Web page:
DSO Nano or DSO Nano v2
I'm looking at purchasing an oscilloscope thats easy to use for the non-electrical engineer for very small projects. Not looking to break the bank or buy anything old that needs an oscilloscope to fix an oscilloscope.
My purpose for purchase is to perform basic troubleshooting of mainly Class AB car stereo amplifiers from the 1990s, and maybe some of the Class D stuff from today. I would like to know if anyone has experience using these inexpensive portable scopes, and how they fair with scoping things like opAmps, low level components, power transistors, and outputs from speaker terminals and transistors. I think the DSO only accepts 80v input which I think is perfectly fine for car audio; I've only seen them run up to 80v.
Also, it looks like the DSO Nano v2 is about to come out and it will be a 2 probe capable.
Should I consider getting one or the other? Or something else?
am I getting this right - The bandwidth of the original version was 1Mhz and 12bits and the new v2 is only 200Khz 8bit ? Is that correct ? Whats the point of reducing the resolution and bandwidth in the new version ?
Does it have a spectrum analysis option either onboard or externally on a pc/laptop ?
The electronics vernacular has a new term...Yep I made one up.
"Nano-Frustration" a. Meaning: a state of frustration caused by a lack of basic operating instructions from the manufacturers of the DSO Nano 201.
At first glace I have found:
The whole layout of the menu is counter-intuitive, and no onboard help is available. That I know of, and how could I know if it came with no instructions?
I can download NO useful information from the manufacturers of my 201 who-ever they might be. How could I find this out without a guide?
I have downloaded 2 pdf files (user guides) - none of which applied to my version - as far as I know, how could I know without a guide?
Broken links abound a lot of the links pointing to ST micro and others are broken!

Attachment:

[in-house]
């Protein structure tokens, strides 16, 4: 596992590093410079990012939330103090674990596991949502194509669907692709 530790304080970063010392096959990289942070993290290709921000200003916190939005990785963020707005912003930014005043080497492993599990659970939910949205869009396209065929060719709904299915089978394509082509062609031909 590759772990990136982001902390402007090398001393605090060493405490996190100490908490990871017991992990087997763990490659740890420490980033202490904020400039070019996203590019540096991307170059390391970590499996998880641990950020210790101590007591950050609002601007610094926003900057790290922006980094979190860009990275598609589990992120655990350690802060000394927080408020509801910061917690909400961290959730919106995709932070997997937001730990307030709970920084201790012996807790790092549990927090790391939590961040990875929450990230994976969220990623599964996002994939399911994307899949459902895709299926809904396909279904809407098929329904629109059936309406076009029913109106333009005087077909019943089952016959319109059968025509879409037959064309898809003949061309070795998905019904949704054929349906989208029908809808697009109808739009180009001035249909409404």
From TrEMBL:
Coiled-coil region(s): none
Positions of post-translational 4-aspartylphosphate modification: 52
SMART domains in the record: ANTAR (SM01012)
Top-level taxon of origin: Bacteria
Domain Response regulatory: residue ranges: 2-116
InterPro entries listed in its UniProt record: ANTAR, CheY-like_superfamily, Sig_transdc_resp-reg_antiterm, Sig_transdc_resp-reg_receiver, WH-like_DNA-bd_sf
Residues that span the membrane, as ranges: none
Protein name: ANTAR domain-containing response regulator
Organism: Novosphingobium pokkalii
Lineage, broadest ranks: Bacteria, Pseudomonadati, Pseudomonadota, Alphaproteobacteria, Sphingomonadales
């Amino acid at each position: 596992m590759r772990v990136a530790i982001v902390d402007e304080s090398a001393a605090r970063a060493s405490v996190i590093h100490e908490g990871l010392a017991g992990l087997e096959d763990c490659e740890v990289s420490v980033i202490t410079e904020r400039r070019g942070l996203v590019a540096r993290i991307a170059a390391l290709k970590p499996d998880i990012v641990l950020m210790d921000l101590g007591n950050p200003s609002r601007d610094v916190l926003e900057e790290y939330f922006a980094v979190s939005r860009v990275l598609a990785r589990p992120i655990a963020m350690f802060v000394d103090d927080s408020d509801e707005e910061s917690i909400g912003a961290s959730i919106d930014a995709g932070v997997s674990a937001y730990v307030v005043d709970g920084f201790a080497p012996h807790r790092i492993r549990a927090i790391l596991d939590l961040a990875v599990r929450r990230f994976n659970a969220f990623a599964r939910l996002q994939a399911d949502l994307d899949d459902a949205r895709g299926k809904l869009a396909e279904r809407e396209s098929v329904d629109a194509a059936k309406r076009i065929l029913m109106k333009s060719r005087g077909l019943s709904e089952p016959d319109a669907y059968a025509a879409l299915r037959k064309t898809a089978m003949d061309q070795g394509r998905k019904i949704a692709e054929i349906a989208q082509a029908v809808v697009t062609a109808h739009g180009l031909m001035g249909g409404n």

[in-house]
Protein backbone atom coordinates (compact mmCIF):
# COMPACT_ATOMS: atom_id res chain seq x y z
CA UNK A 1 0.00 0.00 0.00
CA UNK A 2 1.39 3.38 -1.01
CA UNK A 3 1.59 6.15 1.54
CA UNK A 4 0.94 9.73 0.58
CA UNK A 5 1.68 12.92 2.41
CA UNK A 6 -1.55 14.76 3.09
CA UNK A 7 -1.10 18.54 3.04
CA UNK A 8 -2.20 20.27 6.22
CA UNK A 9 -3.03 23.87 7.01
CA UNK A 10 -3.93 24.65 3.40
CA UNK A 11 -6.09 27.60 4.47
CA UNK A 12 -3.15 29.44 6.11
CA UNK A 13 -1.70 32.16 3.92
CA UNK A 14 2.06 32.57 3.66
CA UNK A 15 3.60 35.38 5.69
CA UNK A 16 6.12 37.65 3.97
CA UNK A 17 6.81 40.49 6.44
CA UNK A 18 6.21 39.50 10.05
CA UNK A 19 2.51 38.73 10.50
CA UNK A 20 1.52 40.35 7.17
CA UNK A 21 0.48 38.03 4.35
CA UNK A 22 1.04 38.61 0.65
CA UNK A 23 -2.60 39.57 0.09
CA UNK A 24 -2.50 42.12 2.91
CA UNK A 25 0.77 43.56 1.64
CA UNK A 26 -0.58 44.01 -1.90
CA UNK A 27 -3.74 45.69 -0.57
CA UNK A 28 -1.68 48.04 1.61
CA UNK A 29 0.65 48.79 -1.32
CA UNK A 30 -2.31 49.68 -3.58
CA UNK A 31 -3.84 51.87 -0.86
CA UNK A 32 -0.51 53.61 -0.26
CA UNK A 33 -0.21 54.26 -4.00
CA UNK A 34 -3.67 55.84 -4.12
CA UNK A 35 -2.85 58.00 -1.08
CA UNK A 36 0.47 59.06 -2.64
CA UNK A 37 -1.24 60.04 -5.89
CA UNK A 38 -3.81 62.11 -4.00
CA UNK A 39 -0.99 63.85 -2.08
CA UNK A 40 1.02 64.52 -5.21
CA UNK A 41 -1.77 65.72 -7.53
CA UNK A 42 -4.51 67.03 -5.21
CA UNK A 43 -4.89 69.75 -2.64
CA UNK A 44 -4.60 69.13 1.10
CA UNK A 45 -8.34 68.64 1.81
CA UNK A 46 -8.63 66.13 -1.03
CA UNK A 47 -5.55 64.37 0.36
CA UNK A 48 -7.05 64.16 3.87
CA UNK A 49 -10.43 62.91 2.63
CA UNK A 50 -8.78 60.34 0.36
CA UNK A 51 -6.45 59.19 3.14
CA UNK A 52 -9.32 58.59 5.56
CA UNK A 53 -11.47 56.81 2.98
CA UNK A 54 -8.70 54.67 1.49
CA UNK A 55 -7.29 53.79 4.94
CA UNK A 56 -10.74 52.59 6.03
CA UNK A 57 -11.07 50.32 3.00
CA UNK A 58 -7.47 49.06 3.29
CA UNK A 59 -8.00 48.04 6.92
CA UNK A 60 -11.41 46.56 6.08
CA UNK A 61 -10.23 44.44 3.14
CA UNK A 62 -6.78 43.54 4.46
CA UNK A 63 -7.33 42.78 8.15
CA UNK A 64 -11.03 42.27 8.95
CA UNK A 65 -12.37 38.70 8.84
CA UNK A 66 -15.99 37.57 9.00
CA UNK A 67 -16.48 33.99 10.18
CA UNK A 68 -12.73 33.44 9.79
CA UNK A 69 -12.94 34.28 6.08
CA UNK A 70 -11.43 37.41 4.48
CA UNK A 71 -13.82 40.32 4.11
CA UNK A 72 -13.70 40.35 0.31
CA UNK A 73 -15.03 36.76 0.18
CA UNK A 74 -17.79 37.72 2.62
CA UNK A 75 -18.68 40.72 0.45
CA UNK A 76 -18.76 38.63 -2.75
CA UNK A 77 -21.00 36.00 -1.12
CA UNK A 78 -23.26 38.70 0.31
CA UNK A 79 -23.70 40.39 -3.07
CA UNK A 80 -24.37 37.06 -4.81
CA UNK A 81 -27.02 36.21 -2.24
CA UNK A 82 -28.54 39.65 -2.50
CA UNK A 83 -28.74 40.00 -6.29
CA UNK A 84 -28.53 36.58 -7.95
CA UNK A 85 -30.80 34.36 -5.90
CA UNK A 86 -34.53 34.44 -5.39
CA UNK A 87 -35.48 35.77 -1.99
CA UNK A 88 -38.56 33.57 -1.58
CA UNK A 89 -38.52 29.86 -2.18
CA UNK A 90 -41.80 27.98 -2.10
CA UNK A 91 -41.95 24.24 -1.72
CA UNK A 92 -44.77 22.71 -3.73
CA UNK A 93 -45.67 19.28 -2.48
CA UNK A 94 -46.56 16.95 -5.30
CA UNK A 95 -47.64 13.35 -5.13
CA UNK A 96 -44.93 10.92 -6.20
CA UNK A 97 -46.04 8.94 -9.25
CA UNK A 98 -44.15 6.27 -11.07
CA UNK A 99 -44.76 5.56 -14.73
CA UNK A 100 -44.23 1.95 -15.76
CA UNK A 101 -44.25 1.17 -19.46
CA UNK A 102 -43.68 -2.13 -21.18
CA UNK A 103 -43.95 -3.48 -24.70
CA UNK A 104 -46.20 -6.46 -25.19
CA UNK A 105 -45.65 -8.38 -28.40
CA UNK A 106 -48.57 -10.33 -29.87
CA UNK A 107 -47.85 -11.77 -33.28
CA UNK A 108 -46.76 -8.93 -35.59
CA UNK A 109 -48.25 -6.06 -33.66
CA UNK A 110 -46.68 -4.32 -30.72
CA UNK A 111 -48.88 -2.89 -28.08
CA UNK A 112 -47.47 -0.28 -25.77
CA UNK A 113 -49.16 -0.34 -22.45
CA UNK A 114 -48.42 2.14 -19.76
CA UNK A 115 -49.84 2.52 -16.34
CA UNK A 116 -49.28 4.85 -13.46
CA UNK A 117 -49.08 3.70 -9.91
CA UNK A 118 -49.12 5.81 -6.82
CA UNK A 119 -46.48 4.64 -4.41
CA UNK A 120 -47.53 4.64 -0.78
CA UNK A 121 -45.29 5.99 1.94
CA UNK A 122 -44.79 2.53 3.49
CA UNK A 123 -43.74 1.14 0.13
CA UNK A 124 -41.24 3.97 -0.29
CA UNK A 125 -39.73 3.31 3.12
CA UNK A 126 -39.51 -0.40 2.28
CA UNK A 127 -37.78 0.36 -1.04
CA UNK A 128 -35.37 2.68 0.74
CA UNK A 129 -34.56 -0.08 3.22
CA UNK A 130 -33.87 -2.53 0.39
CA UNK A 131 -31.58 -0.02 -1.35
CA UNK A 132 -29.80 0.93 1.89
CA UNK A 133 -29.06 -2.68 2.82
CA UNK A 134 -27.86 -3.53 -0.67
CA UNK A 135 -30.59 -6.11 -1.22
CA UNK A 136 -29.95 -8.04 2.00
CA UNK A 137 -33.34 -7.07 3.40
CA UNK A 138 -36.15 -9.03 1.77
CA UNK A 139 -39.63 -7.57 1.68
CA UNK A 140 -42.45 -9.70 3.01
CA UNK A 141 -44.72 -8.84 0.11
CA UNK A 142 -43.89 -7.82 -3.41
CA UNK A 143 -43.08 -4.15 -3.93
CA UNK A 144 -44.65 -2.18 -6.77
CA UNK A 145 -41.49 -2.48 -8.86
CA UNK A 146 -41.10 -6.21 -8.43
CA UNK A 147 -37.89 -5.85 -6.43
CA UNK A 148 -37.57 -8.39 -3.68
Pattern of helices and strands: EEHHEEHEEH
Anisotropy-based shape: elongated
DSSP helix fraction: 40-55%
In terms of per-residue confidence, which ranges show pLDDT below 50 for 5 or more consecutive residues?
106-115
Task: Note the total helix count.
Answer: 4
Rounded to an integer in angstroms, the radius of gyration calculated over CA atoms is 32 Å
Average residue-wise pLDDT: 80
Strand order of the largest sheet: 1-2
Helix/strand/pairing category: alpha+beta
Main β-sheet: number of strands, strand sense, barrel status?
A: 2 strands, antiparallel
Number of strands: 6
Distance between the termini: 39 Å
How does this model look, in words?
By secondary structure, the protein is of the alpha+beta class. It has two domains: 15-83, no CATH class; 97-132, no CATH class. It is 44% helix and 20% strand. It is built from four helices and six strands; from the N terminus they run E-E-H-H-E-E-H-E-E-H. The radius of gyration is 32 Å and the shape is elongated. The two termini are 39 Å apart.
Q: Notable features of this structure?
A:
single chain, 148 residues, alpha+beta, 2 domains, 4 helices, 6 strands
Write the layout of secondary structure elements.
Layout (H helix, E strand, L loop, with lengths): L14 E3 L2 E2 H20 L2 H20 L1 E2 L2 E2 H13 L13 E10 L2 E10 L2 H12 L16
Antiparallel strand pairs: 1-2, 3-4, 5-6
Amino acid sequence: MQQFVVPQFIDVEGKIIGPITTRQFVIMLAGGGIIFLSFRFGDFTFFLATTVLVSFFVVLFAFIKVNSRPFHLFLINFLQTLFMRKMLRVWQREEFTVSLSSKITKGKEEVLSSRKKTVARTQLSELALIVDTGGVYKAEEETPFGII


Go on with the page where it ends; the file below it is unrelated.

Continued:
There is no instruction anywhere about playing-back recorded wave forms. Formatting the sd card or even how to insert the card with the correct orientation XXX.
No information what-so-ever covering the computor interface. etc etc etc.
I can see the potential of this kind of portable device but how do I learn to use it without hasseling other members for tips?
I would imagine, that many years of blood, sweat & tears went into the design and manufacture of this excellent apparatus but it beggers belief that no decent laymans instructions are available;- especially for young electronics students or old senile farts like me, who want to embrace the technology.
When I first purchased this jigger my biggest concern was resolution. The funny thing is that the resolution is quite good! On the other hand: The nasty bit is that the interface & support has made it extremely difficult to set the parameters of capture and display.
I suggest you donít buy one of these things unless you have a few days up your sleeve to work through all the issues above.
Over the years I have had a half-dozen or more inexpensive DSOs (and before that toy analog scopes), and though most were USB/PC based I have had an opportunity to play with my grandson's Nano V2. They have all been exciting and innovative products, however as tools for any sort of serious work they were no more than frustrating novelties with one common characteristic.
For the first few days you will be amazed by what it can do--after that you will be amazed by how poorly it does what it can do, and by what it cannot do...
My advice to anyone looking for a tool is just bite the bullet and buy a real oscilloscope. In addition to my benchtop instruments I have an Owon HDS1022M-N that is very capable and accurate, has a great FFT mode, and a 640x480 display.
It does cost 2-1/2 times more than a DSO Quad, that is because it's worth it...
An alternative could be the DPScope but you need a computer with it (you have a computer, don't you?). DPScope - A Low-Cost PC-Based Oscilloscope
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